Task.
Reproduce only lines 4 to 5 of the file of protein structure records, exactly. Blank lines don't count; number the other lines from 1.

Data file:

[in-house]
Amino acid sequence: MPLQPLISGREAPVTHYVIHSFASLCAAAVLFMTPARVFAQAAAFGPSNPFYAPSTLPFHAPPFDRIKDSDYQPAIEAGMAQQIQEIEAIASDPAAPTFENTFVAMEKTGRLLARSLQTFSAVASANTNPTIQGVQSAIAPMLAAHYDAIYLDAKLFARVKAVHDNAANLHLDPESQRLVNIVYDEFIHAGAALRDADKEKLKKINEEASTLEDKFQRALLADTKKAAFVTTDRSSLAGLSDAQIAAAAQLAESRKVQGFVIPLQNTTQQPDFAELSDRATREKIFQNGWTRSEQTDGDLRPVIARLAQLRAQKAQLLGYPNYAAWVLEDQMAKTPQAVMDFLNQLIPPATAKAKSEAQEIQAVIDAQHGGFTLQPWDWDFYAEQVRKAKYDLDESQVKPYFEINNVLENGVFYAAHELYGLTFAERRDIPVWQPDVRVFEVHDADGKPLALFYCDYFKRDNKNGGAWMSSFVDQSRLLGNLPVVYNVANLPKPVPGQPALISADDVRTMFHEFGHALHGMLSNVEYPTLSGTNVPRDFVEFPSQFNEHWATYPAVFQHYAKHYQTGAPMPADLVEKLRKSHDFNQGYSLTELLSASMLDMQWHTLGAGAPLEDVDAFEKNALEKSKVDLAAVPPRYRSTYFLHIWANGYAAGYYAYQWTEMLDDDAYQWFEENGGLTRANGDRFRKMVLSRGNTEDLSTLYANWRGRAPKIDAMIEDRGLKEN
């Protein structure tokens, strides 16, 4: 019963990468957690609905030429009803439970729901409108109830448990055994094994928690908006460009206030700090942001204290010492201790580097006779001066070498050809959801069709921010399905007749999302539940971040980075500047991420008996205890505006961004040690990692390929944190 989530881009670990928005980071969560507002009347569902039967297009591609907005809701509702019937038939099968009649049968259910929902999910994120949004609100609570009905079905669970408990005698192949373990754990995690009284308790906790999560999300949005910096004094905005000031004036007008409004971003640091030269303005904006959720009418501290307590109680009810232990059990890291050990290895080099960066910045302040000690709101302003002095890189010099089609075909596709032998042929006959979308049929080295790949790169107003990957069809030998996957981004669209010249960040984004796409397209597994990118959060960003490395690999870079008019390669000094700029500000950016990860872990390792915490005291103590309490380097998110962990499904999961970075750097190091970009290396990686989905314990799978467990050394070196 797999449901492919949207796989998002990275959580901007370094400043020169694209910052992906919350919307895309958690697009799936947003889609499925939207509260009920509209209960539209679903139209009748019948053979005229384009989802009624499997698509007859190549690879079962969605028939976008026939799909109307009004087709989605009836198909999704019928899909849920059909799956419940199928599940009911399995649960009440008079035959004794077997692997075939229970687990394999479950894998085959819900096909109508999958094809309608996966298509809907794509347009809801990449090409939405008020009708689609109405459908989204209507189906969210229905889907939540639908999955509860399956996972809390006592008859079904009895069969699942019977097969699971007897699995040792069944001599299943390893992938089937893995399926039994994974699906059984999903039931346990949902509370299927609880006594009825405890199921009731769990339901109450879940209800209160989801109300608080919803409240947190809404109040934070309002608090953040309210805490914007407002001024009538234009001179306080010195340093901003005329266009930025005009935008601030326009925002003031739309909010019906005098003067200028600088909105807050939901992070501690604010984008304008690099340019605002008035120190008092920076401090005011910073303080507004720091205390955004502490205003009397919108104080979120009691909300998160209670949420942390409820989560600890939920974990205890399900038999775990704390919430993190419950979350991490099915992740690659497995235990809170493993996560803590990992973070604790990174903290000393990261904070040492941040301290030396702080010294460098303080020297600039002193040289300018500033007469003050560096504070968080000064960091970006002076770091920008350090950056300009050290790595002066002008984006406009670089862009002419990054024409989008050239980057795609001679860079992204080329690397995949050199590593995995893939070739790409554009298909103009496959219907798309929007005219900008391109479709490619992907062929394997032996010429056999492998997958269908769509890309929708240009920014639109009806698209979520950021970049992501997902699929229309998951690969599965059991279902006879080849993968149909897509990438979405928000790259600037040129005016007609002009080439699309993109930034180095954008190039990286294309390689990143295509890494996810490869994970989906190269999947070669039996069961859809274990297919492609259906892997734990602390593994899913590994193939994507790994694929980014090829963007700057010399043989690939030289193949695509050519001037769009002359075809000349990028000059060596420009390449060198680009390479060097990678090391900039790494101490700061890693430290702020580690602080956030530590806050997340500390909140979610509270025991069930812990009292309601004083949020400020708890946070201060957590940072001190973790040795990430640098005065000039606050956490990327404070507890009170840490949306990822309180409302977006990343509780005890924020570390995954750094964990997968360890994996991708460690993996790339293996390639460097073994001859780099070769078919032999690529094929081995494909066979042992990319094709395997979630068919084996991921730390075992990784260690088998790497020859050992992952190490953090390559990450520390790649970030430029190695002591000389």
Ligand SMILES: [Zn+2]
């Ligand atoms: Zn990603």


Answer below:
Ligand SMILES: [Zn+2]
């Ligand atoms: Zn990603």